The worst part of this video, taken at UC Davis yesterday during what sounds like a brutal police action against protesters during an eviction of the university's occupation camp, is how casual the cop is: like a gardener using pesticide. According to an open letter to the university's chancellor from an English professor named Nathan Brown, it got a lot worse from there:

Police used batons to try to push the students apart. Those they could separate, they arrested, kneeling on their bodies and pushing their heads into the ground. Those they could not separate, they pepper-​sprayed directly in the face, holding these students as they did so. When students covered their eyes with their clothing, police forced open their mouths and pepper-​sprayed down their throats. Several of these students were hospitalized. Others are seriously injured. One of them, forty-​five minutes after being pepper-​sprayed down his throat, was still coughing up blood.

The man who pepper-sprayed the protesters in the video above is Lt. John Pike, of the UC Davis Police Department. If you'd like to let him know what you think of his actions, you can email him at; for what it's worth, his boss, UCD Police Chief Annette Spicuzza, told the Davis Enterprise that she's "very proud" of her officers. "I don't believe any of our officers were hurt," she says, "and I hope none of the students were injured."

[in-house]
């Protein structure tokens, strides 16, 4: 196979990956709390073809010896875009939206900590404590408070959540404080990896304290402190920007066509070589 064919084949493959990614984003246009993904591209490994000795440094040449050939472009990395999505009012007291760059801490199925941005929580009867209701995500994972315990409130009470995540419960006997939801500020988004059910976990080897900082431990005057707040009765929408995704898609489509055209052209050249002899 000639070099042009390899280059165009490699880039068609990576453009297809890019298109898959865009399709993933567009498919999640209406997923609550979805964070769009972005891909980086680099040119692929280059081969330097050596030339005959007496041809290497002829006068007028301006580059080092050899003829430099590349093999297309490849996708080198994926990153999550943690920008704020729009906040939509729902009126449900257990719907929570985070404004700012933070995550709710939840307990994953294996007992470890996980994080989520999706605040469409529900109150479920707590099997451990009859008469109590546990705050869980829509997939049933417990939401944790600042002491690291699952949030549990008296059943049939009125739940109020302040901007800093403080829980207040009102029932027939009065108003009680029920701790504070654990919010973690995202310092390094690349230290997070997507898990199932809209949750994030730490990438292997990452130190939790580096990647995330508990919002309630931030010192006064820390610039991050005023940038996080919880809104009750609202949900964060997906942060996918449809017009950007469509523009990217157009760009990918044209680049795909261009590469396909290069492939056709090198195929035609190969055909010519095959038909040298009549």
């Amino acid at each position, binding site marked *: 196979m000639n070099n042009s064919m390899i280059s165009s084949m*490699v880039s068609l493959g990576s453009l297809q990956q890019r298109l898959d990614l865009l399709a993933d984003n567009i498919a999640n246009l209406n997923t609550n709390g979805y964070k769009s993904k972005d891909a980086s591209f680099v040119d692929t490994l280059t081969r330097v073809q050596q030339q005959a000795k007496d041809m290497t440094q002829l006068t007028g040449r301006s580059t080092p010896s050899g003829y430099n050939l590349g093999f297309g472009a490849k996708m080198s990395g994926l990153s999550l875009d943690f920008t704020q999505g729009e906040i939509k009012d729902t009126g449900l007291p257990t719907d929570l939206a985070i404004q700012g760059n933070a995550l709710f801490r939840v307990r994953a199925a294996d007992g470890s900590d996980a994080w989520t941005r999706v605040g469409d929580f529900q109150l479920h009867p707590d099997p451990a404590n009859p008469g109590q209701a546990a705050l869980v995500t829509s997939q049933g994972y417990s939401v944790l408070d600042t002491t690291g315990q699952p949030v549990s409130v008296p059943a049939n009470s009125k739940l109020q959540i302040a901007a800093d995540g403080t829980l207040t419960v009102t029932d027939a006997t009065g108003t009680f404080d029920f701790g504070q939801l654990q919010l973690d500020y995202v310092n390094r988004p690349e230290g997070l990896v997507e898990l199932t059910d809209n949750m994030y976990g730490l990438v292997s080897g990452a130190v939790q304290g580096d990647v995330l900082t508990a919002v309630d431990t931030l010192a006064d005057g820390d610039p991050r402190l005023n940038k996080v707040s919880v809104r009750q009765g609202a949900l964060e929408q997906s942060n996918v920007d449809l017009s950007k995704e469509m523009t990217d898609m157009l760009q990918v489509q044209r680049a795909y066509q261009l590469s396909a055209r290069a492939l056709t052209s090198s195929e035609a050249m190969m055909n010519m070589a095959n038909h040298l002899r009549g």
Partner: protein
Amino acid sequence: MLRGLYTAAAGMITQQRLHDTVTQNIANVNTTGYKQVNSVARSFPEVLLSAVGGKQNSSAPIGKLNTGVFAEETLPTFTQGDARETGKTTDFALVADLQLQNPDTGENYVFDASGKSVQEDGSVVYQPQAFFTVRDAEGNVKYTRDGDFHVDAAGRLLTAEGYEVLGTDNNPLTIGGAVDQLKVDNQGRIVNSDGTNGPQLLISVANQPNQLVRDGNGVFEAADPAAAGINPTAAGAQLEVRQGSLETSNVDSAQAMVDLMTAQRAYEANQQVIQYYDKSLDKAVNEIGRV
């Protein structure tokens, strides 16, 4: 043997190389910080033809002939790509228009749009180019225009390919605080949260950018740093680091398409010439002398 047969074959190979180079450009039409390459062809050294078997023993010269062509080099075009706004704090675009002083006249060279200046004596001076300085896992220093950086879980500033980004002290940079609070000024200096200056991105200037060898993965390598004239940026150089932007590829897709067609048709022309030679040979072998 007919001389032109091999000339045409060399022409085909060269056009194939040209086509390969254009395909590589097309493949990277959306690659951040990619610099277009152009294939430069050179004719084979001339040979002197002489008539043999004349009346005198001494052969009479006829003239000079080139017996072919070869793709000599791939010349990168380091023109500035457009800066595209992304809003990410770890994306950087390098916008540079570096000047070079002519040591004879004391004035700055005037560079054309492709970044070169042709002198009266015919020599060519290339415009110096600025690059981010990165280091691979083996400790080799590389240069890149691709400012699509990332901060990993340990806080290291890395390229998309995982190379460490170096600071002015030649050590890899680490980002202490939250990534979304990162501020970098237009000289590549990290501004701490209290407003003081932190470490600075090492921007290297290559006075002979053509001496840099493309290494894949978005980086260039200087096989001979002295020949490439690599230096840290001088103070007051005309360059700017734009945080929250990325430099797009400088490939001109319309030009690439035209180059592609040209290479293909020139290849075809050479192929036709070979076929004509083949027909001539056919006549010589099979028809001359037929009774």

Spicuzza's pride comes a little more than a week after UC Berkeley officers were filmed beating students with their nightsticks, an event that led UCD mechanical engineering major Dominic Gutierrez to protest—and get a face full of pepper spray. He remained remarkably optimistic:

"When they see us on the quad, a student might think that maybe there are weird people camping on the Quad," Gutierrez said. "Once they see this, all they see is cops hitting students. They might have thought, ‘Those are people different than me, I would never (protest).'

"Now they see this is awful, and they'll come out for the same reason I came out."

[Davis Enterprise, The New Civil Rights Movement]